Natasha Shrikant Researcher Profile

Natasha ShrikantNatasha Shrikant is an assistant professor in the Department of Communication at the University of Colorado, Boulder. She uses ethnographic and discourse analytic approaches to analyze relationships between communication and identity. She focuses mostly on how participants’ interactions explicitly or implicitly construct social identities such as race, ethnicity, gender, and sexuality as relevant to interactional contexts. Most recently, she worked on a project examining how institutional members construct racial and ethnic identities as constitutive of professional identities in various institutional speech events, such as meetings, public speeches, and informal workplace conversations. She is also interested in how institutional members build interethnic or cross cultural relationships in an effort to meet institutional goals.

Sample Publications:

Shrikant, N. (2015).  The discursive construction of race as a professional identity category in two Texas chambers of commerce. International Journal of Business Communication, 1-24. doi: 10.1177/2329488415594156.

Shrikant, N. (2015). “Yo, it’s IST yo”: The discursive construction of an Indian-American youth identity in a South Asian Student Club. Discourse and Society, 26(4), 480-501.

Shrikant, N. (2014). “It’s like, ‘I’ve never met a lesbian before!’”: Personal narratives and the construction of diverse female identities in a lesbian counterpublic. IPrA Pragmatics, 24(4), 799-818. 

Lisa Hanasono Researcher Profile

Researcher ProfilesLisa Hanasono (Ph.D., Purdue University) is an associate professor in the School of Media and Communication at Bowling Green State University (BGSU). Her research investigates that dark and bright sides of relational and intercultural communication. Specifically, she examines how people communicate their prejudice in interpersonal, computer-mediated, organizational, and cultural contexts. She also studies how individuals, groups, institutions, and communities reduce discrimination through supportive communication, allyship, advocacy, community-building, and institutional change.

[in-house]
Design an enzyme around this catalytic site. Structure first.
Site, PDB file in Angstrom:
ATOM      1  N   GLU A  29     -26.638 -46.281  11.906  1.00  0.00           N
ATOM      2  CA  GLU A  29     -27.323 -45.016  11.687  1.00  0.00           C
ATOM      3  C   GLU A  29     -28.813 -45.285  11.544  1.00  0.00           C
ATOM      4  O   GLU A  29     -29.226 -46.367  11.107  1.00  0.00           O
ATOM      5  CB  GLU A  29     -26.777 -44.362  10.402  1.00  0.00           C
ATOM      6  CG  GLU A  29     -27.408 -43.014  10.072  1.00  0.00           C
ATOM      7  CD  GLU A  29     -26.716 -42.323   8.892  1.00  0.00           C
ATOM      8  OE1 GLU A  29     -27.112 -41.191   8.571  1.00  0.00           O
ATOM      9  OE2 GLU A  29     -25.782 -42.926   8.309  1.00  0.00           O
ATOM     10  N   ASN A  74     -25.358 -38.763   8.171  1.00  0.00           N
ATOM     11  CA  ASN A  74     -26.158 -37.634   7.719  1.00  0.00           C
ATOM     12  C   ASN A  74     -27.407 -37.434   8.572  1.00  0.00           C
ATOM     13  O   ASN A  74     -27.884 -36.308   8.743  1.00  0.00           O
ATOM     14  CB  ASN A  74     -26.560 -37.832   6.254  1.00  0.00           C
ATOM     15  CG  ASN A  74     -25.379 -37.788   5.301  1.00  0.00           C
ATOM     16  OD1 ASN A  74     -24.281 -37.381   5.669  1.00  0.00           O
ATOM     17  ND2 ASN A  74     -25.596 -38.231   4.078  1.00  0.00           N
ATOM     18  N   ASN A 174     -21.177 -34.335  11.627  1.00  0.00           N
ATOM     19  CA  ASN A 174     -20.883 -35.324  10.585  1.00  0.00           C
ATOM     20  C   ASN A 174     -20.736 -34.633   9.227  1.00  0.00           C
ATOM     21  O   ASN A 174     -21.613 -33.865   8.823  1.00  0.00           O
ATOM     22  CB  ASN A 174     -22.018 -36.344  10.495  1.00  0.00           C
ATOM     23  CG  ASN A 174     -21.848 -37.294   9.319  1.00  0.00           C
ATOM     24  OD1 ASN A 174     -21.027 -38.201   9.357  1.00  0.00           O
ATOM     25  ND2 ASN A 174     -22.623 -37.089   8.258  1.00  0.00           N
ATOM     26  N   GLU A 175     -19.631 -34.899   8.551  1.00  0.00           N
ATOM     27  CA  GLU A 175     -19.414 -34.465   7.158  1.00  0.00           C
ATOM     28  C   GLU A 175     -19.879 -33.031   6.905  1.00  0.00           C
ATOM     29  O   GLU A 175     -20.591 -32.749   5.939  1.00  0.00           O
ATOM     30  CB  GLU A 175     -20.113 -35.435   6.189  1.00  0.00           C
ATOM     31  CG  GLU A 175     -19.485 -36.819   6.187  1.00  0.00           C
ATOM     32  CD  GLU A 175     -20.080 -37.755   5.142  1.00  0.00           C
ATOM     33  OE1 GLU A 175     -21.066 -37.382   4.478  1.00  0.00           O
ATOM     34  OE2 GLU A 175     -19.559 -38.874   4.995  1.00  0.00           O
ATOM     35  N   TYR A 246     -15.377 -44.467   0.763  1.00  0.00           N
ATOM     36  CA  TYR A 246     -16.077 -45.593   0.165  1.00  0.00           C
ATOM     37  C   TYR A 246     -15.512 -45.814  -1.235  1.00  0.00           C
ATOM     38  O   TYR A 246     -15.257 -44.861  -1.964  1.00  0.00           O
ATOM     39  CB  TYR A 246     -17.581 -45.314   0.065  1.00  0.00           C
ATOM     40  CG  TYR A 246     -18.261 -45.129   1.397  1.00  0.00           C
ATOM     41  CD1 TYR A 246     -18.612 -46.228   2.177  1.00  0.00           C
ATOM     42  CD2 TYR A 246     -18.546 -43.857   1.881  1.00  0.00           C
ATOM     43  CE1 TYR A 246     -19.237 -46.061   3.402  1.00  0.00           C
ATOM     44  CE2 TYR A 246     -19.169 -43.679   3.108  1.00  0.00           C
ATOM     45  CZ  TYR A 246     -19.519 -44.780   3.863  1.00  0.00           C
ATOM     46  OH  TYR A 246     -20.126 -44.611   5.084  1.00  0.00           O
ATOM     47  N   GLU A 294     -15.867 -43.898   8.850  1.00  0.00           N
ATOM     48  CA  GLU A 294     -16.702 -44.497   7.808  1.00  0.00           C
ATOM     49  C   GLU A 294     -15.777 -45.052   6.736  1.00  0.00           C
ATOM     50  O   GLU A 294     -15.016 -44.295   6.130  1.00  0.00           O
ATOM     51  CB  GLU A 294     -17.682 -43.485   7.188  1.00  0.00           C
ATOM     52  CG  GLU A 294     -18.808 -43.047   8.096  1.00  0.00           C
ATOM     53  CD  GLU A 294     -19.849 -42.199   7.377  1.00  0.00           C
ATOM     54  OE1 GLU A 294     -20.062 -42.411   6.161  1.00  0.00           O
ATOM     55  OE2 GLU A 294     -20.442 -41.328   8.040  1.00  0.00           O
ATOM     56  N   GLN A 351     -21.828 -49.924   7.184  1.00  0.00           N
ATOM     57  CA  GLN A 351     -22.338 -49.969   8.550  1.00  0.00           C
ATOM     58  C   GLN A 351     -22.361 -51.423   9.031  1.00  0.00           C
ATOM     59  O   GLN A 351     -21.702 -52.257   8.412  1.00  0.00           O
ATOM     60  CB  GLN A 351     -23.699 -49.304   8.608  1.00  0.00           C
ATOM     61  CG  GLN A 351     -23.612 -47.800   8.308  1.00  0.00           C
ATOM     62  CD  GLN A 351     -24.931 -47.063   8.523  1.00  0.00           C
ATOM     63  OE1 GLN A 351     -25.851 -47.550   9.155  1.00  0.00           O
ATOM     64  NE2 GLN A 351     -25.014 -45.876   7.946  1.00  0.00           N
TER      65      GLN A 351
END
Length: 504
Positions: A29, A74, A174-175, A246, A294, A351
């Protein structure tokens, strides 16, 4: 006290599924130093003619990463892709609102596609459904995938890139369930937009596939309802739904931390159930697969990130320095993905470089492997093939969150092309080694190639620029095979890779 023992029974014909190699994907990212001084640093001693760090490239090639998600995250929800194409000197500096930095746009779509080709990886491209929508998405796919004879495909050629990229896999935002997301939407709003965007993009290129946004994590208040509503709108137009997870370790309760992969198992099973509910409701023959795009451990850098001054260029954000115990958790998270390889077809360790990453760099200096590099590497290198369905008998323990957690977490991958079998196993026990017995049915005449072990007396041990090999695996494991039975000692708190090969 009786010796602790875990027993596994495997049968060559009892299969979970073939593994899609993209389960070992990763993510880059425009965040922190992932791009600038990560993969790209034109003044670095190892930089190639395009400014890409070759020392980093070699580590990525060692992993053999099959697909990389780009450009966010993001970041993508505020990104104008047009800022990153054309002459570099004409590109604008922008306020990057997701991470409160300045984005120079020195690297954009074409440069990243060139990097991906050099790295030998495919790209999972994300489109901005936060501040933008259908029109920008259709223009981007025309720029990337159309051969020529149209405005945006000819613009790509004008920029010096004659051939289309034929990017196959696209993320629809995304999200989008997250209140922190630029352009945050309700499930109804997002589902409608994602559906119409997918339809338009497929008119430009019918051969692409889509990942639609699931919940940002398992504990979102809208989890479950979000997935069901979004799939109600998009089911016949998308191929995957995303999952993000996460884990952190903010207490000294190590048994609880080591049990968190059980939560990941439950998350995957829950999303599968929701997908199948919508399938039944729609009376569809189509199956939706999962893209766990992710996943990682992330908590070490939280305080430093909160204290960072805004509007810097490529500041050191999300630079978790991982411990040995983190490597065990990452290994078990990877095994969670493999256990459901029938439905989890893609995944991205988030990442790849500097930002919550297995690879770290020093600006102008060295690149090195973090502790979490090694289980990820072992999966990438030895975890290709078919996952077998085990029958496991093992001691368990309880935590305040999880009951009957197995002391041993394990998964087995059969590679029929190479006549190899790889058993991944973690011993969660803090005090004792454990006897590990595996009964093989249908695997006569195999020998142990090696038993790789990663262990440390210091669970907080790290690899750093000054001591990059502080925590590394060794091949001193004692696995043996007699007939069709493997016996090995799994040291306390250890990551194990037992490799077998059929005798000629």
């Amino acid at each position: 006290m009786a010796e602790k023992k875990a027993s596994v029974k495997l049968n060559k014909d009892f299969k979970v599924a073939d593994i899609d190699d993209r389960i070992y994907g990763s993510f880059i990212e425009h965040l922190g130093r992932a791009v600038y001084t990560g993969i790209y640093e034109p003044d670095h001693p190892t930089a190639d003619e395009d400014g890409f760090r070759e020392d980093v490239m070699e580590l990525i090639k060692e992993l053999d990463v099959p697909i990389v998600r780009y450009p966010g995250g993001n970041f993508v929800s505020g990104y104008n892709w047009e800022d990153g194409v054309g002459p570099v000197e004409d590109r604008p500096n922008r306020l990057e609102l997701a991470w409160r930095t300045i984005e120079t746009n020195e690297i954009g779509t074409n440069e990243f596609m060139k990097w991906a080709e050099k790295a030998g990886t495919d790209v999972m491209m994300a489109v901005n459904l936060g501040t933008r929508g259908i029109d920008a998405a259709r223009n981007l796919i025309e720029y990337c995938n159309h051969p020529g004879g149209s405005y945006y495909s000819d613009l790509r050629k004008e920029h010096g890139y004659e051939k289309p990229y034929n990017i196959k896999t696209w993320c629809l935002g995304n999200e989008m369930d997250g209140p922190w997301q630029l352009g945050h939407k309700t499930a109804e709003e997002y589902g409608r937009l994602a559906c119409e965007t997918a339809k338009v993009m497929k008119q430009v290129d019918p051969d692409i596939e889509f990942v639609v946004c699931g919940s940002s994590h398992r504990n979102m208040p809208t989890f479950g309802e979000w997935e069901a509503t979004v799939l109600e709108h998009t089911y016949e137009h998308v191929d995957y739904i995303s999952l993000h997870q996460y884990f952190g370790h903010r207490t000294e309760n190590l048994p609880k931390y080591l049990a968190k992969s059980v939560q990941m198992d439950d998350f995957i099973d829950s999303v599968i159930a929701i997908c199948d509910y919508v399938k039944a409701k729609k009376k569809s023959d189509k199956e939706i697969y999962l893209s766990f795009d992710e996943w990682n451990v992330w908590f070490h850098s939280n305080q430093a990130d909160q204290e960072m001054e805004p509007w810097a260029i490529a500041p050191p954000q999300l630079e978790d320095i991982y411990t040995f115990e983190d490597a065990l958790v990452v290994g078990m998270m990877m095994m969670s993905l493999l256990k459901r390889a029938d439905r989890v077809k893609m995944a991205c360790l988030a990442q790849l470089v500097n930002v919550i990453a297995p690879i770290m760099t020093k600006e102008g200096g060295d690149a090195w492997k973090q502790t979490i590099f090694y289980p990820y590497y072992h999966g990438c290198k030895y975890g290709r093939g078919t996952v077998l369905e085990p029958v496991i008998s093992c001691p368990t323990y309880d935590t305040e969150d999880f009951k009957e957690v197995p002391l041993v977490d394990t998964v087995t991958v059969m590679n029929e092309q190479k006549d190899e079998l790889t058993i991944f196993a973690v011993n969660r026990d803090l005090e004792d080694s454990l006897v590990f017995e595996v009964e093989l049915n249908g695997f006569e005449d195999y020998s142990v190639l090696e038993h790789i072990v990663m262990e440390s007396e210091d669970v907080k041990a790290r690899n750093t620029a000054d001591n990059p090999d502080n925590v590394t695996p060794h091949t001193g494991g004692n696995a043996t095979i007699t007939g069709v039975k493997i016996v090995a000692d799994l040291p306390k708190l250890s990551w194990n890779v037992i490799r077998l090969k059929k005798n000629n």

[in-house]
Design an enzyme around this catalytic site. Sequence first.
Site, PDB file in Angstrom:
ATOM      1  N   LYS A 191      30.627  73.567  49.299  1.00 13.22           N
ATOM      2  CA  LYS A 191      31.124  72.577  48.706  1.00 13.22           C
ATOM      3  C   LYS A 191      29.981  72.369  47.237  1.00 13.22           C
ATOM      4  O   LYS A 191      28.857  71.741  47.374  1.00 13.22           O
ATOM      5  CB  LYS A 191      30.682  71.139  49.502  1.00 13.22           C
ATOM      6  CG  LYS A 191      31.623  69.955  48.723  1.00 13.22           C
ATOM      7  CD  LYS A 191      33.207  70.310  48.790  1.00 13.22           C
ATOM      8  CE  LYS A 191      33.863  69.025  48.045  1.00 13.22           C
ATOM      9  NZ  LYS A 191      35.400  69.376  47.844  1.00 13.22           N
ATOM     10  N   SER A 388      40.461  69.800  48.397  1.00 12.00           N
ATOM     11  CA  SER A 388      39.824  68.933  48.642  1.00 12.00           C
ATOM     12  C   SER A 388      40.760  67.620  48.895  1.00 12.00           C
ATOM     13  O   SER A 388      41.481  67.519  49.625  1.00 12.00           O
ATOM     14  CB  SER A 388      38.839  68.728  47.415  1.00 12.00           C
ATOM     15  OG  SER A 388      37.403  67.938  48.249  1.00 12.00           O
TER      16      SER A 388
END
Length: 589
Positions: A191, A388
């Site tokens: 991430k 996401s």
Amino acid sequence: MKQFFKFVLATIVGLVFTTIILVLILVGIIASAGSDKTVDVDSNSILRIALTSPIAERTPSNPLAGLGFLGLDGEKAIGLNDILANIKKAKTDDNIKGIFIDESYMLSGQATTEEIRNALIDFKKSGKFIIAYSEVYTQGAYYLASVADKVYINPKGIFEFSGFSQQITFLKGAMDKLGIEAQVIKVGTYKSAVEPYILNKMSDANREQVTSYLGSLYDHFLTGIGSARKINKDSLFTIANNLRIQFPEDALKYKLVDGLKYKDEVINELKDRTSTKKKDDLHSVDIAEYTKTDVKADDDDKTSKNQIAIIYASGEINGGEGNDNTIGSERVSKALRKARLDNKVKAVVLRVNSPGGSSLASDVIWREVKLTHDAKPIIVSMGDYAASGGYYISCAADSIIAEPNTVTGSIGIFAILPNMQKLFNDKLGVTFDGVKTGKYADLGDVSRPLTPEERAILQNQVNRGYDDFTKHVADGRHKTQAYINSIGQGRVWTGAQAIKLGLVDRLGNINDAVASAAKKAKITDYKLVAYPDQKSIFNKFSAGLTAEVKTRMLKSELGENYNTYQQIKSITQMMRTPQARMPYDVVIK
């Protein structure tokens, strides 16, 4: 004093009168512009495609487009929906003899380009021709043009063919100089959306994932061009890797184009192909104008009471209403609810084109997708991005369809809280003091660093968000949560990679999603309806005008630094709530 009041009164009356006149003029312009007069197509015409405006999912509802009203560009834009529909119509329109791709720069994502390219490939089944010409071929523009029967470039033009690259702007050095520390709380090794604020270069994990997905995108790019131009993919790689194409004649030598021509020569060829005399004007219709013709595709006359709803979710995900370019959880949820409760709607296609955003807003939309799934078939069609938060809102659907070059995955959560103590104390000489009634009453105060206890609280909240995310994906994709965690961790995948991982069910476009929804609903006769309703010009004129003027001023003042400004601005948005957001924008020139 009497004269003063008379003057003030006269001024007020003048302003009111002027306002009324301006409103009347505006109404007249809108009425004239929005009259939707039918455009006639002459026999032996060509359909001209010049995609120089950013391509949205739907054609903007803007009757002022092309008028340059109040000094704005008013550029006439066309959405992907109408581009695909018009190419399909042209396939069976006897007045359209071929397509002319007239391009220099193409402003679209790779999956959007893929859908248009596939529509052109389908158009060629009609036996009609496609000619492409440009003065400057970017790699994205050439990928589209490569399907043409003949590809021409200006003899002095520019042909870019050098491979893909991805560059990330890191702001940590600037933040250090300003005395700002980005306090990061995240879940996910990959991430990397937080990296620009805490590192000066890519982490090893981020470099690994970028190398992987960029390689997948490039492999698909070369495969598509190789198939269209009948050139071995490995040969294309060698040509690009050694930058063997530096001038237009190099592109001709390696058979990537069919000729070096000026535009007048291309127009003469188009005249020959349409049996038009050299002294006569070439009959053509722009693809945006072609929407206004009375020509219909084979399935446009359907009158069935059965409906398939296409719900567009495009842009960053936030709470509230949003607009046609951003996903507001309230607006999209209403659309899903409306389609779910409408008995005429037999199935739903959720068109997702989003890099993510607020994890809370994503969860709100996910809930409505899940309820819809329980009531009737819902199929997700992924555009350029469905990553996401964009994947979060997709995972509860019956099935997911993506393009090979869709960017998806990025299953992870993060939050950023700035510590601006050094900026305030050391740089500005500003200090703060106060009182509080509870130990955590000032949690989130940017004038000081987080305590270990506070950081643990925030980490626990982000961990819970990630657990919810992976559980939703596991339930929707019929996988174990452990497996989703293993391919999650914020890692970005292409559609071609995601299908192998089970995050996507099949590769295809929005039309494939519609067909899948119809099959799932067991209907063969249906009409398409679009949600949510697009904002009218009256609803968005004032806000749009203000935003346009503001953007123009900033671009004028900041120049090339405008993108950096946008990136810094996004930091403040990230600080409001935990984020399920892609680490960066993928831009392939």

While pursuing her Ph.D. at Purdue University, she worked with a team of administrators, faculty, staff, and students to establish an Asian American Studies Program. At BGSU, she teaches undergraduate and graduate courses related to race and communication, persuasion, interpersonal communication, research methods, interviewing, and communication theory.  She has won several awards for her teaching, including the Central States Communication Association’s Outstanding New Teacher Award, The Elliott L. Blinn Award for Faculty-Undergraduate Research, BGSU Graduate Student Senate’s Outstanding Contributor to Graduate Education Award, and the David Hoch Memorial Award for Excellence in Service.

Dr. Hanasono is strongly committed to diversity, inclusion, and social justice. She serves on the President’s Advisory Committee on Diversity and Inclusion and the College of Arts and Sciences’ Council at BGSU, and she is working on BGSU’s IDEAL-N grant team which strives to promote gender equity and inclusive leadership in universities and colleges across the United States. In 2016, she won BGSU’s Diversity Award for designing and implementing a successful anti-hate community-based project. Currently, she leads the Faculty Development and Diversity Learning Community at BGSU and facilitates professional development workshops related to mentoring, teaching effectiveness, reducing social biases, and career advancement. She is the Chair of the National Communication Association’s (NCA) Asian/Pacific American Caucus and Asian/Pacific American Communication Studies Division, and she serves as the Publications Officer of NCA’s International and Intercultural Communication Studies Division.

Key Publications

Hanasono, L. K. (2013). Sticks and stones: Dealing with discrimination. In S. L. Faulkner (Ed.), Inside relationships: A creative case book on relational communication (pp. 225-231). Walnut Creek, CA: Left Coast Press.

Hanasono, L.  K., Burleson, B. R., Bodie, G. B., Holmstrom, A. J., Rack, J. J., McCullough, J. D., & Rosier, J. G. (2011). Explaining gender differences in the perception of support availability: The mediating effects of construct availability and accessibility. Communication Research Reports, 28, 254-265.doi: 10.1080/08824096.2011.588580

Hanasono, L. K., Chen, L., & Wilson, S. R. (2014). Identifying communities in need: Examining the impact of acculturation on perceived discrimination, social support, and coping amongst racial minority members. Journal of International and Intercultural Communication, 7, 216-237. doi: 10.1080/17513057.2014.929201

 Hanasono, L. K., & Yang, F. (2016). Computer-mediated coping: Exploring the quality of supportive communication in an online discussion forum for individuals who are coping with racial discrimination. Communication Quarterly, 64(4), 369-389.
doi: 10.1080/01463373.2015.1103292

Chen, L., & Hanasono L. K. (2016). The effect of acculturation on Chinese international students’ usage of Facebook and Renren. Chinese Media Research, 12, 46-59.

 

Irene Maria F. Blayer Researcher Profile